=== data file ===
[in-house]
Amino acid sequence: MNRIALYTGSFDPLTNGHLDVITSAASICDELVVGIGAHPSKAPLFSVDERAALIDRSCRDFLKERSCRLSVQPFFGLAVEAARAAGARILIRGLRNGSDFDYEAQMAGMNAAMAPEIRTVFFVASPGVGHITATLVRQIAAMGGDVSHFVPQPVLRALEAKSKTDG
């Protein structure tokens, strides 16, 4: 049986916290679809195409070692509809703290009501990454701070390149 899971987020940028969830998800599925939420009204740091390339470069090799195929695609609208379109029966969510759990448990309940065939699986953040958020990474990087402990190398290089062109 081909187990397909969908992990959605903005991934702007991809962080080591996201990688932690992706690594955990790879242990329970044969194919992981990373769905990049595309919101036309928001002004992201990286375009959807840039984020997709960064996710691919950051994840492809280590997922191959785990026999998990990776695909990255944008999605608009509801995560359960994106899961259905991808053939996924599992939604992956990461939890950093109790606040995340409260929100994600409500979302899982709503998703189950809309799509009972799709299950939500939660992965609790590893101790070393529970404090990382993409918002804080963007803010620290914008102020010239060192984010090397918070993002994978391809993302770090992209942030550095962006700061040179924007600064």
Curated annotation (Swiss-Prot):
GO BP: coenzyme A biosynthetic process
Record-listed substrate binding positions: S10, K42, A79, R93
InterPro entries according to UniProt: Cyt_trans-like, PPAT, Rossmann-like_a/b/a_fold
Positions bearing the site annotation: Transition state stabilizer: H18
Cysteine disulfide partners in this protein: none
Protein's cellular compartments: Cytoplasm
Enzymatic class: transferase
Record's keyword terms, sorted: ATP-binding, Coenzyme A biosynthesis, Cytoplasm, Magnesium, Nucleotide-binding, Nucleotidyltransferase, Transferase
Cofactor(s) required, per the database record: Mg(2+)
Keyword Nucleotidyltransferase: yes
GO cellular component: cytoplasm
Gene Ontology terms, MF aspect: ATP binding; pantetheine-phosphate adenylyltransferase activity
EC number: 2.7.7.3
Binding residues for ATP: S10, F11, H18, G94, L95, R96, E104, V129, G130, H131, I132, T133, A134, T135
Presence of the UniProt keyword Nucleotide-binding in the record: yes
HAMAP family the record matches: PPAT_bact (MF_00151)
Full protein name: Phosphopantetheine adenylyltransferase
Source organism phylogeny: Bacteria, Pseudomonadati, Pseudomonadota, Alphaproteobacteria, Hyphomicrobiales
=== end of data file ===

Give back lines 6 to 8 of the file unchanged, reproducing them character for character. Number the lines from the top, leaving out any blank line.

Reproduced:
Record-listed substrate binding positions: S10, K42, A79, R93
InterPro entries according to UniProt: Cyt_trans-like, PPAT, Rossmann-like_a/b/a_fold
Positions bearing the site annotation: Transition state stabilizer: H18